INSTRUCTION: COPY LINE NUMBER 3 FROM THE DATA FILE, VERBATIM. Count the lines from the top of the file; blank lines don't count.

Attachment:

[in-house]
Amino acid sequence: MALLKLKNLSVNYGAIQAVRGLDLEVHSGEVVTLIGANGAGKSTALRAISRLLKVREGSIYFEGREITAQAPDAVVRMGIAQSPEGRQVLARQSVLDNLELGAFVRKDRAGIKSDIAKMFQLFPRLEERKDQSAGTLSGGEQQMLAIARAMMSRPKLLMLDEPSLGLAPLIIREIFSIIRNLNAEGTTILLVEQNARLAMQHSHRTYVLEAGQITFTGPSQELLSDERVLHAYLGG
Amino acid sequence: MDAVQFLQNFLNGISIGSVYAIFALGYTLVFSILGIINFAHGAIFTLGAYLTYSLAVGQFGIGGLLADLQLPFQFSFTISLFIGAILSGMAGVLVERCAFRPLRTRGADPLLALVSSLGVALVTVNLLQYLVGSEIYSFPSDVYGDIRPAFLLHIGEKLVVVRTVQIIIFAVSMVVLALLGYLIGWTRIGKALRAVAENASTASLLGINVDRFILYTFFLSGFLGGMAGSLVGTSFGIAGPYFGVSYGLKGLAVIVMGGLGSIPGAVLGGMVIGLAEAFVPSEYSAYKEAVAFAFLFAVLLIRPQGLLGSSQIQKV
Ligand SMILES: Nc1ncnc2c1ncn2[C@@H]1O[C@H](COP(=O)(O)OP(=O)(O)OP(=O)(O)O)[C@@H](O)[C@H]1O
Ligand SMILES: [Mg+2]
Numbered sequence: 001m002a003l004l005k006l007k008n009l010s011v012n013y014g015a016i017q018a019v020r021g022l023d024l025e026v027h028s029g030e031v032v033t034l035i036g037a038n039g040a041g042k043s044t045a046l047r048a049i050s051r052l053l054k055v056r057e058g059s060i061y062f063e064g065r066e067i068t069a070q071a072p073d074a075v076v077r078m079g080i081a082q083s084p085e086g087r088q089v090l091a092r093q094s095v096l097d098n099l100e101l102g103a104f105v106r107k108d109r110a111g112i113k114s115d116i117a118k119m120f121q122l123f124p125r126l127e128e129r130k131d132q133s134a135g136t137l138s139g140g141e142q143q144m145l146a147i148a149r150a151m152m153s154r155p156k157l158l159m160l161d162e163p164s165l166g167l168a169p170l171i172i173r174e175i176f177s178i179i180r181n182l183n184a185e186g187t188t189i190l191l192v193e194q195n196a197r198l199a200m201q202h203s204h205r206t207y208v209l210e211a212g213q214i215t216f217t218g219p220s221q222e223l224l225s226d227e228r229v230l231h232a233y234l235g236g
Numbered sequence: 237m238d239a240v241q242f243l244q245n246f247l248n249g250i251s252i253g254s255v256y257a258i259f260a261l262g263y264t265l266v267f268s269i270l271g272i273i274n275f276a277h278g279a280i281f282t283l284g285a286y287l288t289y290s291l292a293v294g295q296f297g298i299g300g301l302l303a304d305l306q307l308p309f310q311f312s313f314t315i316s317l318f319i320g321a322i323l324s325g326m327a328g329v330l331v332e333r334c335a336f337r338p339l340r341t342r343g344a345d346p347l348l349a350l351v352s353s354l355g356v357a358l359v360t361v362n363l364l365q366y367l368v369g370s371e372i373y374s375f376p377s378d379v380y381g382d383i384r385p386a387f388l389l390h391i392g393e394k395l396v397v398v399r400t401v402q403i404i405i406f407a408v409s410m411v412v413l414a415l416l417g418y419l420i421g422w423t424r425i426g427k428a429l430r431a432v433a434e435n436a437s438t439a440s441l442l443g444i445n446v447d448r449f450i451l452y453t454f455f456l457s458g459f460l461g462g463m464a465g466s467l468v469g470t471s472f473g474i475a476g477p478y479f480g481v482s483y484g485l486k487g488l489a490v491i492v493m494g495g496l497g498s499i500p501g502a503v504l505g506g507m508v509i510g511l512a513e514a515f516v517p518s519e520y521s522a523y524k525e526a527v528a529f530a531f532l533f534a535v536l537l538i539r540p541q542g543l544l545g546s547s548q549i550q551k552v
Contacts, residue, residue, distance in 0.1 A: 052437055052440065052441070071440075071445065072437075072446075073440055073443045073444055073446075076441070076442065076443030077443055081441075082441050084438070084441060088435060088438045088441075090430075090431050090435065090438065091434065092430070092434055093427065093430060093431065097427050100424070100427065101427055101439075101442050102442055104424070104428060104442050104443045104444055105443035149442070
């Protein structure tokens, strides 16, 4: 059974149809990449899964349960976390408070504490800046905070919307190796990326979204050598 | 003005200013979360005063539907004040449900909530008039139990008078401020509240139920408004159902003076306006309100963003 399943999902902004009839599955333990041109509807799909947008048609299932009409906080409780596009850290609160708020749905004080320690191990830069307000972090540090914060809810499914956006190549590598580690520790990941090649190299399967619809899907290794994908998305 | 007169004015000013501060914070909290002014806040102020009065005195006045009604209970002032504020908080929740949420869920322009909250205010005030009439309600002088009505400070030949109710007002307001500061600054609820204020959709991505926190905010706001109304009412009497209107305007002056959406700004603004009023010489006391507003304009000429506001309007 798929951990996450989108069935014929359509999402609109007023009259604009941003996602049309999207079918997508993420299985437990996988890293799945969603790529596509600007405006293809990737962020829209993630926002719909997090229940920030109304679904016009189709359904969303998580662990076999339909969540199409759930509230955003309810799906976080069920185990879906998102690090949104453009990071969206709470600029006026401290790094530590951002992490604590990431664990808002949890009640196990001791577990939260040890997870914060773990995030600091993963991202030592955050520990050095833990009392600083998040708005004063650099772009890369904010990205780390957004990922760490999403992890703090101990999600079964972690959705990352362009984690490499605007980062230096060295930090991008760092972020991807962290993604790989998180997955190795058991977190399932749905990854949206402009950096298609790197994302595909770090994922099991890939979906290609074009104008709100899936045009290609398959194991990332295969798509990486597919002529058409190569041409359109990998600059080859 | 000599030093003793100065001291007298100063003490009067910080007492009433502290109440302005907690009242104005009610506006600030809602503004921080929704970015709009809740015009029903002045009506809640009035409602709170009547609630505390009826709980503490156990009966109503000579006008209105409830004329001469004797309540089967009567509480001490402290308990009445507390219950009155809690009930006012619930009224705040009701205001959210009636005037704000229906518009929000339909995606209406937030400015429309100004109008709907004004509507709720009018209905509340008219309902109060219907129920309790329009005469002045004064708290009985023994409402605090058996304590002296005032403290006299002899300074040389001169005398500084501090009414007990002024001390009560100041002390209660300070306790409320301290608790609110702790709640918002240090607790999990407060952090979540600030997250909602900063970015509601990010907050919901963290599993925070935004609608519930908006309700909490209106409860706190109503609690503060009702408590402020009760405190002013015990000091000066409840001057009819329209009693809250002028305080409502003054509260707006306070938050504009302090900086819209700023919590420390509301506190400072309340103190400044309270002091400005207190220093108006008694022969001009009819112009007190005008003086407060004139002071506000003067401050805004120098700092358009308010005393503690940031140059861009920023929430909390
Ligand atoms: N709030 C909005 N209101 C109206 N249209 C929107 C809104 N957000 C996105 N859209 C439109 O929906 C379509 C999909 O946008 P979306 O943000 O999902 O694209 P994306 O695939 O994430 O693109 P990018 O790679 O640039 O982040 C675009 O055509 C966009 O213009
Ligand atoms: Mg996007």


Amino acid sequence: MDAVQFLQNFLNGISIGSVYAIFALGYTLVFSILGIINFAHGAIFTLGAYLTYSLAVGQFGIGGLLADLQLPFQFSFTISLFIGAILSGMAGVLVERCAFRPLRTRGADPLLALVSSLGVALVTVNLLQYLVGSEIYSFPSDVYGDIRPAFLLHIGEKLVVVRTVQIIIFAVSMVVLALLGYLIGWTRIGKALRAVAENASTASLLGINVDRFILYTFFLSGFLGGMAGSLVGTSFGIAGPYFGVSYGLKGLAVIVMGGLGSIPGAVLGGMVIGLAEAFVPSEYSAYKEAVAFAFLFAVLLIRPQGLLGSSQIQKV